Because they thought, like we do, that reality is unique and that man is meant to master it?

Man, the guy who was made by God in His own image and who was told to rule the world?

Roger Bacon, Duns Scotus, Occam,  Galileo, Newton, Darwin, Georges Lemaitre… some of them might have been persecuted by the church – personally or had their their ideas ‘challenged’, but they all had been raised in the Christian tradition and had been active members of their religious communities. Even Galileo, the only one among these who had been ‘physically’ affected by the way in which his ideas had been received by his contemporaries, had a more or less ‘functional’ relationship with the heads of the Church… he had died in his own bed, arrested in his own villa, not at the stake …

Christians call it fate while Buddhists call it karma.
Christians’ main goal is called salvation while Buddhists’ is called nirvana.

And no, these are not exactly the same thing.
Not different enough to separate them easily, not similar enough to consider them the same thing.

Fate depends on what God has in mind for you while karma depends exclusively on what you have decided all along your life.

Salvation is even more complicated.
Catholics believe that each individual can obtain it, regardless of what they had done until that moment, by simply acknowledging ones sins and by repenting before God/priest. Protestants, on the other hand, believe that individual salvation is entirely at God’s mercy. Mortal individuals can do nothing more than putting their faith in God’s all encompassing love and waiting for it.
Meanwhile, since Buddhists don’t have a God, they believe that accomplishing nirvana is the responsibility of each individual… All somebody has to do in order to achieve this goal is to transform their inner self. There is no outside, objective (?!?) benchmark to be reached here… no other arbiter to please…

Yet fate and karma are not that different either… Life experience in Asia may be different from that in Europe but the differences aren’t huge enough to consider them two different things. Not to mention the growing number of Buddhists living in the Euro-Atlantic region and the burgeoning number of Christian converts in Asia….

As for salvation versus nirvana… the man made Catholic one is almost similar – even if a lot easier to obtain, to the Buddhist nirvana while the Protestant one is just as dis-similar from it’s Catholic equivalent as it is from the Buddhist nirvana.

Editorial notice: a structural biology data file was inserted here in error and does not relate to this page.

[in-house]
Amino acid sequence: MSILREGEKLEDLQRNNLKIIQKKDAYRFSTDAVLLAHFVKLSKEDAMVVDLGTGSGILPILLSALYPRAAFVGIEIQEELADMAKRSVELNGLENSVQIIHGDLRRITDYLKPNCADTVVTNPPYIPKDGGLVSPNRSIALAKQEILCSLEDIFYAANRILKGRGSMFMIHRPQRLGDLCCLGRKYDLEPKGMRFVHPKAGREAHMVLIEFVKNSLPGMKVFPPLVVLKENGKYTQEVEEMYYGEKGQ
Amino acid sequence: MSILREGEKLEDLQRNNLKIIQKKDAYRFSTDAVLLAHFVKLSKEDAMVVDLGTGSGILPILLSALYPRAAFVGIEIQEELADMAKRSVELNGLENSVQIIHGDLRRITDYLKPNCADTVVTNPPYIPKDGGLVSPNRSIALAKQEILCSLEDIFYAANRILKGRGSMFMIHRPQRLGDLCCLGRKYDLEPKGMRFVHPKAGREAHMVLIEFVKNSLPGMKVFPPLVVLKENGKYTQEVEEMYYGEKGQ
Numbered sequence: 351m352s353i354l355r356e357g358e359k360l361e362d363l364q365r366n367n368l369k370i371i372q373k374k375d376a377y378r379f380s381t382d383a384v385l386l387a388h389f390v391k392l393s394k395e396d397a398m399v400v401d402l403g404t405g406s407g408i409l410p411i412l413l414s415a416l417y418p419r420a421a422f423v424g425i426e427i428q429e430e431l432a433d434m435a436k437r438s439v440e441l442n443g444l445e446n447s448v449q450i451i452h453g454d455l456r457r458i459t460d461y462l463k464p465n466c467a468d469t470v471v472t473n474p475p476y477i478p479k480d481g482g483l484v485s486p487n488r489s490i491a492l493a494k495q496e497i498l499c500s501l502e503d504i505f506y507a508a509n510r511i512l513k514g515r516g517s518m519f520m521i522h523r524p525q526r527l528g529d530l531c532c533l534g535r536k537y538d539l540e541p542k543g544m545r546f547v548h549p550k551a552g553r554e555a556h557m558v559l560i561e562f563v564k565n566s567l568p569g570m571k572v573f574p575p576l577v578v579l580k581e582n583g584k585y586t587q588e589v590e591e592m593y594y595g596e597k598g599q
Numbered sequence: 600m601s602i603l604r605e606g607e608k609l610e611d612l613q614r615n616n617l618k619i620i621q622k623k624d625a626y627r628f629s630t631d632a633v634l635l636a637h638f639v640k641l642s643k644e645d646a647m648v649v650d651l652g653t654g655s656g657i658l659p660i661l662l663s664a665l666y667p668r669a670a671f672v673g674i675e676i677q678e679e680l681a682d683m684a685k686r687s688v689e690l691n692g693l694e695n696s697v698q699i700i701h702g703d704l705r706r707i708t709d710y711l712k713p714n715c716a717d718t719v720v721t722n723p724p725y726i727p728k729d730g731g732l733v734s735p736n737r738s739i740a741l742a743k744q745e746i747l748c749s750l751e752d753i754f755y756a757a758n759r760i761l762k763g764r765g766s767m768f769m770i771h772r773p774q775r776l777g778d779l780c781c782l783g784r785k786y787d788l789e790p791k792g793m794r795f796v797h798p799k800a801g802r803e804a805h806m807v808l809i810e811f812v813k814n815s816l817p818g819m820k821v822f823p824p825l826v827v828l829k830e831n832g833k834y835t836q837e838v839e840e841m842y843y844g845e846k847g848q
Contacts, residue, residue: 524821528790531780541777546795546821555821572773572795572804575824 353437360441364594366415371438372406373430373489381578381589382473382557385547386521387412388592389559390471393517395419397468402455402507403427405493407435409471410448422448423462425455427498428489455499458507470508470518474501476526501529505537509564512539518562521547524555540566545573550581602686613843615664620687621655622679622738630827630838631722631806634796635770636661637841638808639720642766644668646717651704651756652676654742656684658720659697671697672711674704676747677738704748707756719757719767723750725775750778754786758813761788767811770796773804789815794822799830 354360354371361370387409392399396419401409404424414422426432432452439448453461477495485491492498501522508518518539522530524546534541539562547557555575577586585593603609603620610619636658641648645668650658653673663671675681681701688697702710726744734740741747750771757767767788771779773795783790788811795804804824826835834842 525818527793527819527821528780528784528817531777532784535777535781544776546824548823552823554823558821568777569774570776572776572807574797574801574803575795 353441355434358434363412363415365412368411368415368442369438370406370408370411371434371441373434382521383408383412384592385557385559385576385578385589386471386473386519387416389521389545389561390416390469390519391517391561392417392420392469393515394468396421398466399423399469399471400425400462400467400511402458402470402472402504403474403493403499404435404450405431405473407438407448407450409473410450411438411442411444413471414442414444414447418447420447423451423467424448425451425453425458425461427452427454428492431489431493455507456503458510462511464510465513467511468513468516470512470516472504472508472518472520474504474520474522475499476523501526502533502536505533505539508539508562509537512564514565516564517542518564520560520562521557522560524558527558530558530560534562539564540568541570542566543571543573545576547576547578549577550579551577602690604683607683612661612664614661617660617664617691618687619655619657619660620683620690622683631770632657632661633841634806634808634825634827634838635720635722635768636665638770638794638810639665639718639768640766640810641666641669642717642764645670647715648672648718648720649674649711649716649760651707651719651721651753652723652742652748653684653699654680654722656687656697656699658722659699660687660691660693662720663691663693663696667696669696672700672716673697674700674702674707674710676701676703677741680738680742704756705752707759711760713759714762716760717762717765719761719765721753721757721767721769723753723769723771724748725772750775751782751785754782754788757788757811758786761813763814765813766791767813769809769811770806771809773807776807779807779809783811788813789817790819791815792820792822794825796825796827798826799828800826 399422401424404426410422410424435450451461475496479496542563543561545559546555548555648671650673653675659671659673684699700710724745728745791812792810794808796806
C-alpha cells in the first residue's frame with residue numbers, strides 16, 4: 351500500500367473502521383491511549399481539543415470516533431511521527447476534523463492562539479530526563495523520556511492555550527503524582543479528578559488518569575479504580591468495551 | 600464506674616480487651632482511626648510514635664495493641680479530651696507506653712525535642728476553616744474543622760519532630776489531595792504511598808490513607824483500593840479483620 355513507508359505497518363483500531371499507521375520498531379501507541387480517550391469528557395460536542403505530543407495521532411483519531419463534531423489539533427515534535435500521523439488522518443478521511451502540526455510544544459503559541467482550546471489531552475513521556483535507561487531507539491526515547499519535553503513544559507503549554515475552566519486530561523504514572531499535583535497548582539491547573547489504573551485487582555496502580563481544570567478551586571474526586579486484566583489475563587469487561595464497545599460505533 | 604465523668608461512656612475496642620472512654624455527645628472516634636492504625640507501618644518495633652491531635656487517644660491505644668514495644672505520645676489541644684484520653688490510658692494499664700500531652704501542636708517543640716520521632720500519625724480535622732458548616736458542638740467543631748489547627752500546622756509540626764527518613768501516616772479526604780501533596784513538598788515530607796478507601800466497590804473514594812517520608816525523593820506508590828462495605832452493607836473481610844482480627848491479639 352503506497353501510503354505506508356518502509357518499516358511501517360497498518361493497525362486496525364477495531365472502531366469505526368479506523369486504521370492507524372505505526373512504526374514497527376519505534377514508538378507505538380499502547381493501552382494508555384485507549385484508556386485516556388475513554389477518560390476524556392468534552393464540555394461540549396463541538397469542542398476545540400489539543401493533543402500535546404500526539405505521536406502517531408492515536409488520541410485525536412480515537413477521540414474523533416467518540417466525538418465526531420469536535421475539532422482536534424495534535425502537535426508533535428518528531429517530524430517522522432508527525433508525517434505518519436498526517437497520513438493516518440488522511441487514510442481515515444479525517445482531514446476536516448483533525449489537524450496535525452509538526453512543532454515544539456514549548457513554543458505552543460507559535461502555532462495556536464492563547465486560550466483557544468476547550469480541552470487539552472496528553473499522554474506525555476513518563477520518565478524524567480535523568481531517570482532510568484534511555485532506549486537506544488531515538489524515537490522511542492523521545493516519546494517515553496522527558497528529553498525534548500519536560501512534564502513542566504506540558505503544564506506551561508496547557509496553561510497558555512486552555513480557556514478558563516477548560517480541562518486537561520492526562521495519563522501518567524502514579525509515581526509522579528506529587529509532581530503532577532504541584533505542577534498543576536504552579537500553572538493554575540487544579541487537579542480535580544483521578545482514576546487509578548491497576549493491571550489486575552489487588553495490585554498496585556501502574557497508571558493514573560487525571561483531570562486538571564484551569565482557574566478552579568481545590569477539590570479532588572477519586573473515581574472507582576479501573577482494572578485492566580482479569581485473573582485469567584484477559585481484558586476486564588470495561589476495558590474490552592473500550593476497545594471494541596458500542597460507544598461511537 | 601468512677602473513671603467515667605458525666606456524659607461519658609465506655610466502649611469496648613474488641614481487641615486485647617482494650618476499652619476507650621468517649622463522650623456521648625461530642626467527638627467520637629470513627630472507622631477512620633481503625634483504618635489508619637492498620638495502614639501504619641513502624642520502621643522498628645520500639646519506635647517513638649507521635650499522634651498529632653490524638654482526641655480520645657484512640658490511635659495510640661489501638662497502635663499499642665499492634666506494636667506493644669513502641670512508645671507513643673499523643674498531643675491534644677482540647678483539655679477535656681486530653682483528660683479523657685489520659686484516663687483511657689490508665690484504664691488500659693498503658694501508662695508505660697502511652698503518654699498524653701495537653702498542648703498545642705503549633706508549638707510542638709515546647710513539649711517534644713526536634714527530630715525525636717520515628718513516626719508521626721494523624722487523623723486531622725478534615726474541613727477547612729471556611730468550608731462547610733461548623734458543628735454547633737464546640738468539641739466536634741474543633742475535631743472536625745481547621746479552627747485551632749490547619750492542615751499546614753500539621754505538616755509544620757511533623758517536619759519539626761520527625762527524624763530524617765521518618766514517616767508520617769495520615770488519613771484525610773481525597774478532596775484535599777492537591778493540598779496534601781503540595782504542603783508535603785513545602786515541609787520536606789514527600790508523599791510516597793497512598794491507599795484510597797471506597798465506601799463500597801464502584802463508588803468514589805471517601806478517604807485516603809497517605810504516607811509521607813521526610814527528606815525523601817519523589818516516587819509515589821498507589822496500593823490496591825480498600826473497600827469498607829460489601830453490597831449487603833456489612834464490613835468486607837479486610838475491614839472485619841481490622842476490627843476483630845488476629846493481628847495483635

Yet, again, is it really possible for peace of mind to be that different on the opposing ends of EurAsia? Peace of mind experienced by very similar human individuals…. The only difference between them being the culture they have grown into….

Which brings us to chance.

Rationally minded people – scientists, economists, etc., are convinced that any decision can be perfect… If  only people were diligent enough to educate themselves properly, to think with their brains instead of allowing their hearts to take over…

‘Rationally minded people…’
But how rational is to expect a human being – an animal, first and foremost, to behave in a perfectly rational manner?
How rational is to expect a human being to overcome all emotion AND all biases? Known and unknown….
How rational is even to expect a human being to ‘diligently’ research all available data before making a decision? How much time would that take? When should someone be satisfied enough with the information gathered about a particular subject?

How much is each of us indebted to Lady Luck about the place we’ve born into?
Christian Europe or Buddhist Asia?
About the time of our birth? Before any of Christ/Buddha had preached or after?
How much is each of us indebted to Lady Luck about the amount of opportunity each of us have had to decide about during our lives?

My last question was a tricky one, indeed.
OK, Lady Luck is responsible for many things. For the place and time of our birth. For the fortunes of the families we’ve been born into and for the mental and physical each of us enjoys. Or lacks…

Only we do share in the final responsibility for our fate/salvation/karma/nirvana!

Our decisions are equally shaped by the circumstances in which we’ve reached those decisions AND by our diligence in making them.
Each of our decisions opens up some new doors and shuts down others. Or, at least, turns our heads towards new openings and away from others.

‘And your point is?’

Don’t blame others for your bad decisions and don’t praise yourself too much for your good ones.
Don’t blame others for their bad decisions. Are you sure they had a real alternative for the situations you found them in? Mind you, not whether there was a real alternative! Did THEY had access to that alternative?
Extend a helping hand. You’re not responsible for saving everybody else but to see somebody in need and not offer your help sets the stage for you needing help and everybody else passing by without noticing you.
Don’t overdo it. When you see someone drowning, get them out to safety. That’s enough. Don’t lecture them about the dangers of getting into water. Firstly, you don’t know how they got in and, secondly, if they are not able to figure this out by themselves you’re wasting your time.
Don’t prevent everybody else from getting in simply because somebody had (nearly) drowned. You’re not God. You don’t know everything. You just happened to be there when somebody was drowning and you was strong and brave enough enough to save them. That’s all there is to it.